The Margin: 2022 Winter Olympics: The camera that tumbled waaaay down a ski slope is OK


It’s more a tale of survival than a gold-medal victory, but chalk up one more happy ending at the Beijing Winter Olympics.

Last week, millions of viewers cringed as a digital camera that apparently slipped from some poor photographer’s grasp tumbled (and tumbled, and tumbled, and kept on tumbling, as pieces flew off) about 200 feet down a ski slope outside Beijing. A video posted by NBCOlympics on Thursday quickly went viral:

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Some compared the fall to ski jumper Vinko Bogataj’s iconic “agony of defeat” crash decades before: { height:0; position:relative; padding-bottom:56.25%; } > iframe { position: absolute; left: 0; top: 0; width: 100%; height: 100%; }

Photography site Petapixel identified the camera as a state-of-the art Sony Alpha, worth up to $8,700 — making it a potentially very expensive accident.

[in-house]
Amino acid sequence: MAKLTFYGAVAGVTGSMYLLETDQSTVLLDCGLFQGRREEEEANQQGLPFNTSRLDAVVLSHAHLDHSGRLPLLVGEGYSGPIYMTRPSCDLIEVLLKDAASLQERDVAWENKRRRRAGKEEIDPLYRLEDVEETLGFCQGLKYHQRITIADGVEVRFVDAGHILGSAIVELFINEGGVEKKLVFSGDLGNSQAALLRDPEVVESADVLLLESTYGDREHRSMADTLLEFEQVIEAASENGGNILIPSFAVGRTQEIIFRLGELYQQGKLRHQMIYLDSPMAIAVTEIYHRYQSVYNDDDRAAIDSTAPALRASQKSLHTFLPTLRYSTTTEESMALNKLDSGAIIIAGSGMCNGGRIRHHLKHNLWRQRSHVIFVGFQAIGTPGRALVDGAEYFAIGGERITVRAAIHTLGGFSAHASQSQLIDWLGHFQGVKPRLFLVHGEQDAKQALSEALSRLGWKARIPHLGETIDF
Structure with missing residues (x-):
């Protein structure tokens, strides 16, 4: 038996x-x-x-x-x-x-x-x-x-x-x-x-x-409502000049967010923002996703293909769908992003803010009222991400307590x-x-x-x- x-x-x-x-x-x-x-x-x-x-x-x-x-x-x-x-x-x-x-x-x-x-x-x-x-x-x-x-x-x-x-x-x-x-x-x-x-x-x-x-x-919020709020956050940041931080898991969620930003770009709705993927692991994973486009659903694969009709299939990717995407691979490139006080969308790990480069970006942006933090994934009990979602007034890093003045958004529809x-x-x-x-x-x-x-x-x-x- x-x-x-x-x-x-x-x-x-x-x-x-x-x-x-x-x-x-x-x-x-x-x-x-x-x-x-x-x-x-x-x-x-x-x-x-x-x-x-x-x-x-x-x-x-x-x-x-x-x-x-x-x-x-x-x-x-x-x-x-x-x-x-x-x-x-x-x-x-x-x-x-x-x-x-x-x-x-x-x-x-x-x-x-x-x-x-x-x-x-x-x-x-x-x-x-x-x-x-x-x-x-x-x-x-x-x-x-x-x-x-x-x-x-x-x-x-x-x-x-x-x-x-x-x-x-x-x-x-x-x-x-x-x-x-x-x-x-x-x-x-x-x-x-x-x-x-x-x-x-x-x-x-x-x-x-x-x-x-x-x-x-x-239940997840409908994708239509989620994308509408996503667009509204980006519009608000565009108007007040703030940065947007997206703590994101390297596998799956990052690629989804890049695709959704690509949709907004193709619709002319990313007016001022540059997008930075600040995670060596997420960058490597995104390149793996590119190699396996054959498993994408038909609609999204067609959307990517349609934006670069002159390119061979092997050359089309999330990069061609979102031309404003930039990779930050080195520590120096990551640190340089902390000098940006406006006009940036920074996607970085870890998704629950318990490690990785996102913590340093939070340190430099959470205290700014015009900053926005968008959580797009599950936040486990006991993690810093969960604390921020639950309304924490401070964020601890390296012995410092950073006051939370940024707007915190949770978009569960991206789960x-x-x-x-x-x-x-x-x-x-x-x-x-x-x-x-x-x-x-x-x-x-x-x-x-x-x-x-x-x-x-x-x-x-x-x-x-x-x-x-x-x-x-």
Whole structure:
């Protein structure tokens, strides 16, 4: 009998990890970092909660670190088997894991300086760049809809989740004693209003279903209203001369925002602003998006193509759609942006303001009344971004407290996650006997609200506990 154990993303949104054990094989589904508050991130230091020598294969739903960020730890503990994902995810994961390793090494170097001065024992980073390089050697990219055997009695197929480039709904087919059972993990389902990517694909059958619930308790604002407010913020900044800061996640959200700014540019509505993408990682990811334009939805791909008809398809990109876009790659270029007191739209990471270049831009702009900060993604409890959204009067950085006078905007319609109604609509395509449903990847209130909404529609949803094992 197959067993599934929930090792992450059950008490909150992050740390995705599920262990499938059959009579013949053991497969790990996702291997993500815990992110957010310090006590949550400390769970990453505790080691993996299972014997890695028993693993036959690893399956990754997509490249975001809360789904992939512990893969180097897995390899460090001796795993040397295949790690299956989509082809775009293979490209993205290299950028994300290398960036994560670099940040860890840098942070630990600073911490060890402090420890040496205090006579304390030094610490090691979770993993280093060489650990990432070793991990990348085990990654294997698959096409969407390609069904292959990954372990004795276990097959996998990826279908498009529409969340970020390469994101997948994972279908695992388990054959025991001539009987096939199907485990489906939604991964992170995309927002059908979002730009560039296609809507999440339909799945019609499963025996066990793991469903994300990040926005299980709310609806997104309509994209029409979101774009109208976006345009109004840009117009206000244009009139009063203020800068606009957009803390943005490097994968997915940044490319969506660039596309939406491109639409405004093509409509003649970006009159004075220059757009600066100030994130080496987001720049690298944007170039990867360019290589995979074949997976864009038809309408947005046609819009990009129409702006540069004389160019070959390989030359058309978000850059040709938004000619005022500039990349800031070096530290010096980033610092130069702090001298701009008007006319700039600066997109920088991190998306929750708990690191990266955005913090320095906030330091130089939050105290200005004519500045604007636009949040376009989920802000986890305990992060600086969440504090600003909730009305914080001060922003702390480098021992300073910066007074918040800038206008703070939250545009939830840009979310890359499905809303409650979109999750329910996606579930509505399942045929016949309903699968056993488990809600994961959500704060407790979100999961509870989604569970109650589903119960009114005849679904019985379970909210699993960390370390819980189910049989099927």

But there was apparently a happy ending.

Vancouver, B.C.-based professional photographer Nick Didlick, who has covered 15 Olympics, including these Beijing Games, did some digging, and discovered that the camera survived its fall, and was back in action a day later.

In a blog post dated Wednesday and titled “A Photographer’s Nightmare,” Didlick said he contacted the Sony SONY, +0.02% 6758, +0.44% service department at the Olympic press center, where technicians told him the camera and lens “were not severely damaged.”

Even better news: “The images that were recorded were fine,” he wrote.

“The lens was in fine shape other than a broken lens hood and the rear LCD of the camera needed to be replaced,” the Sony technicians told him.

Thanks to a well-stocked repair station, the technicians told Didlick they were able to make fixes in under an hour and the camera was returned to the photographer — who had been given a loaner replacement — the next day.

The identity of the butterfingered shooter, or details on how the camera fell, were not revealed — probably to that photographer’s great relief.

“Winter Olympics are probably the hardest of all sporting events to cover as a photographer,” Didlick wrote. “I have seen slips and crashes break the arms and legs of photographers, lenses separated from camera bodies, smashed lenses, and cameras destroyed.”

“I know I will be hanging on to my cameras a little tighter for the rest of these Olympics.” 

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